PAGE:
Emphasized Helen Martin of the historical society: “Money for a historical trail is desperately needed. Money –that’s the biggest gift the state could give us. There’s so much potential, like I could see a big convention of womens’ groups in New York State, maybe at the state fairgrounds. Some place where we can celebrate women’s past, get media coverage and press, get the right speakers.”

“We must pull together,” added Nancy Brown. “Look at all that needs to be done!”

“We know our past; we know where we are. But where are we going?” posits Helen Martin. “Let’s break that glass ceiling!”

These community grassroots organizers are aware of what can be accomplished by themselves and the value of working together with others to reach a goal. This involves rocking the cradle.

As we made our way back to the Holiday Inn from the Union Hall Inn Restaurant and dinner with Hometown Association board members Bonnie Valachovic, Barb Taylor, Sandy Maceyka, and Nancy Brown, we asked about their goal. We were told: “…to be the home of women’s equality by 2020.” But isn’t this competing with Seneca Falls? “Oh no,” they said.

“We complement Seneca Falls and other places and sites. There’s no doubt in our minds that Elizabeth Cady Stanton’s experience in Johnstown as a young person made her the revolutionary thinker she was.”

The Johnstown Historical Society at 17 North William Street, Johnstown, NY is open weekends 1-4 p.m., Memorial Day through September. Or by appointment 518-762-7076.

The Elizabeth Cady Stanton Hometown Association has a one-hour, one-mile cell phone tour called “Walking the Footsteps of Elizabeth Cady Stanton,” plus events, exhibits, banners and signs throughout the town. They also have a fabulous web site: http://ElizabethCadyStantonHometown.org

Follow Marguerite and Olivia on their travels for LetsRockTheCradle.

Photos: Top is a photo of Nancy Brown of the Elizabeth Cady Stanton Hometown Association featuring an image of one of Johnston, NY’s historic landmarks. Below is Elizabeth Cady Stanton’s piano at the Johnstown Historical Society.

Two new videos about July 1, 2013 being the “Spirit of 1776″ Wagon Day

“Wagon Day” on July 1, 2013 in New York State video.

What is the “Spirit of 1776″ suffrage wagon?

Votes for Women 2020. Suffrage Wagon News Channel.

The awakening of Elizabeth Cady Stanton –inspecting law books: Part II

Daniel Cady

Daniel Cady, Elizabeth Cady Stanton’s father.

by Elizabeth Cady Stanton

The tears and complaints of the women who came to my father for legal advice touched my heart, and early drew my attention to the injustice and cruelty of the laws. As the practice of the law was my father’s business, I could not exactly understand why he could not alleviate the sufferings of these women.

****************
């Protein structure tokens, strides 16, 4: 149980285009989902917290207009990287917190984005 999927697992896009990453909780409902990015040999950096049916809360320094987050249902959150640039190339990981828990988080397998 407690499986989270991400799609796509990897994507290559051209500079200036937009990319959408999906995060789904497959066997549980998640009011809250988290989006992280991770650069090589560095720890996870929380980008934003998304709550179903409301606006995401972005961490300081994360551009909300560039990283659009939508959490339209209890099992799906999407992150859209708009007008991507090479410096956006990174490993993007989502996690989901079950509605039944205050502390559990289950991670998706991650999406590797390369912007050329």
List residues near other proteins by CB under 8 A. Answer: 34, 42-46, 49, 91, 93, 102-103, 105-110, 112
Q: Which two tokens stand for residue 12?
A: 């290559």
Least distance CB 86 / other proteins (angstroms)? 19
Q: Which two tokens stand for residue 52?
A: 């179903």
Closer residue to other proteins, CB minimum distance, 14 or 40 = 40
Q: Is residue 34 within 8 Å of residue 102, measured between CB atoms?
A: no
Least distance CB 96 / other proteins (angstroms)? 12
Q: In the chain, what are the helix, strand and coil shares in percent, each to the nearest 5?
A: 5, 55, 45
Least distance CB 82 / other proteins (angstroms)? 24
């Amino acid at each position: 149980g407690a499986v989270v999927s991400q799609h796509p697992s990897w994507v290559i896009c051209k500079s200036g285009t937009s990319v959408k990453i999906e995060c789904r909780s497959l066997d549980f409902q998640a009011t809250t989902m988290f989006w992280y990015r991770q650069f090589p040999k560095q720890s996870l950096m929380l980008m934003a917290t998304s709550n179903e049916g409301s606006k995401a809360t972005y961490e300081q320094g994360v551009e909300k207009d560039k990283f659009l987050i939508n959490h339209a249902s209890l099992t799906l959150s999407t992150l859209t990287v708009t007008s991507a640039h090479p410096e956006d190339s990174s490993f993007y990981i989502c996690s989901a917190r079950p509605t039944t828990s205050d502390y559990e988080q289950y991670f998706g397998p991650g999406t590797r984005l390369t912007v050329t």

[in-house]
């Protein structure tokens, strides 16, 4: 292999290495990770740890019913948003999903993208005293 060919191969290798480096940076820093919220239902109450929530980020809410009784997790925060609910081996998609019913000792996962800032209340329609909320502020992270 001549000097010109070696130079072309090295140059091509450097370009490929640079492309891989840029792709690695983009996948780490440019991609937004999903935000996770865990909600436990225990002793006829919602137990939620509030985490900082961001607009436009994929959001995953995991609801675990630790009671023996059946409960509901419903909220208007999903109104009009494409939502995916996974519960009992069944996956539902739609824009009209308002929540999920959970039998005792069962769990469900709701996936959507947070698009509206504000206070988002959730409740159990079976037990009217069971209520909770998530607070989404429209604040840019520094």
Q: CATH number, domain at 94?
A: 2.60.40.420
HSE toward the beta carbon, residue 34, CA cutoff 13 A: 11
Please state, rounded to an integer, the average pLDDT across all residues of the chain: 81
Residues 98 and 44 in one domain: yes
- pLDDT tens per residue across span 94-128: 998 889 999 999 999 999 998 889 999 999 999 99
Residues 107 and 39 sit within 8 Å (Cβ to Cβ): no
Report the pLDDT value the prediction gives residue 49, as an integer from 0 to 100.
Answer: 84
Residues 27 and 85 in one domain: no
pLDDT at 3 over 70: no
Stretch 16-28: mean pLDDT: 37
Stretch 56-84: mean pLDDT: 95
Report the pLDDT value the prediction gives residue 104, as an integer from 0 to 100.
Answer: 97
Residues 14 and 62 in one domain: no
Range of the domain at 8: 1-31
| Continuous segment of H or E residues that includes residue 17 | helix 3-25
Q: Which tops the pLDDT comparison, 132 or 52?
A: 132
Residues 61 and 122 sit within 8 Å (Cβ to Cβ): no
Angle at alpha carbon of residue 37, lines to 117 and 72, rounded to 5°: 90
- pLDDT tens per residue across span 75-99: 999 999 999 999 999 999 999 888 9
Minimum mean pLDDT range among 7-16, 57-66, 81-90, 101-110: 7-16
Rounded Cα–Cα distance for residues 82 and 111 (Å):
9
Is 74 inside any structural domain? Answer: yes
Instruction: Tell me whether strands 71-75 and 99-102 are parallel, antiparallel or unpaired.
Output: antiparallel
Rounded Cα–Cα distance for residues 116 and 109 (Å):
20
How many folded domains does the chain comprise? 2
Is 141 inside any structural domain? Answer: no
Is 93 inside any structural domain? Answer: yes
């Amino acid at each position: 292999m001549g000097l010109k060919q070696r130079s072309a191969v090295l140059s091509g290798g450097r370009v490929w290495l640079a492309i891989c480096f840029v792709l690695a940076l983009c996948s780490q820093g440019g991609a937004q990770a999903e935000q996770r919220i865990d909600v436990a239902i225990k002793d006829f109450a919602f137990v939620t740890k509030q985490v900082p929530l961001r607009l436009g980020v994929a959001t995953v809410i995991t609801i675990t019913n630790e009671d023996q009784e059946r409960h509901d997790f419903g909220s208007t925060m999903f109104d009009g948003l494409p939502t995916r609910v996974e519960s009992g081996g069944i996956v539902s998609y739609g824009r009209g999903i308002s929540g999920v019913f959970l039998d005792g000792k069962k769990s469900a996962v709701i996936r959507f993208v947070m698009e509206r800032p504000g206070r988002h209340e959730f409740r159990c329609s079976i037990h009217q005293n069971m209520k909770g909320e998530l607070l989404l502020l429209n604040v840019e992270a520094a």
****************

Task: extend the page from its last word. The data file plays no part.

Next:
So, in order to enlighten me, he would take down his books and show me the inexorable statutes. The students, observing my interest, would amuse themselves by reading to me all the worst laws they could find, over which I would laugh and cry by turns. One Christmas morning I went into the office to show them my present of a new coral necklace and bracelet. They all admired the jewelry, and then began to tease me with hypothetical cases of future ownership. “Now,” said Henry Bayard, “if in due time you should be my wife, those ornaments would be mine. I could take them and lock them up, and you could never wear them except with my permission. I could even exchange them for a cigar, and you could watch them evaporate in smoke.”

HER CHILDHOOD RESOLVE TO CUT THE NASTY LAWS FROM THE BOOKS

With this constant bantering from students, and the sad complaints of women clients, my mind was sorely perplexed. So when, from time to time, my attention was called to these odious laws, I would mark them with a pencil, and becoming more and more convinced of the necessity of taking some active measures against these unjust provisions, I resolved to seize the first opportunity, when alone in the office, to cut every one of them out of the books; supposing my father and his library were the beginning and the end of the law.

However, this mutilation of his volumes was never accomplished, for dear old FloraCampbell, to whom I confided my plan for the amelioration of her wrongs, warned my father of what I proposed to do. Without letting me know that he had discovered my secret, he explained to me one evening how laws were made, the large number of lawyers and libraries there were all over the state, and that if his library should burn up it would make no difference in woman’s condition.

“When you are grown up, and able to prepare a speech,” said he, “you must go down to Albany and talk to the legislators; tell them all you have seen in this office — the sufferings of these Scotchwomen, robbed of their inheritance and left dependent on their unworthy sons, and, if you can persuade them to pass new laws, the old ones will be a dead letter.”  Thus was the future object of my life suggested and my duty plainly outlined by him who was most opposed to my public career when, in due time, it was entered upon.”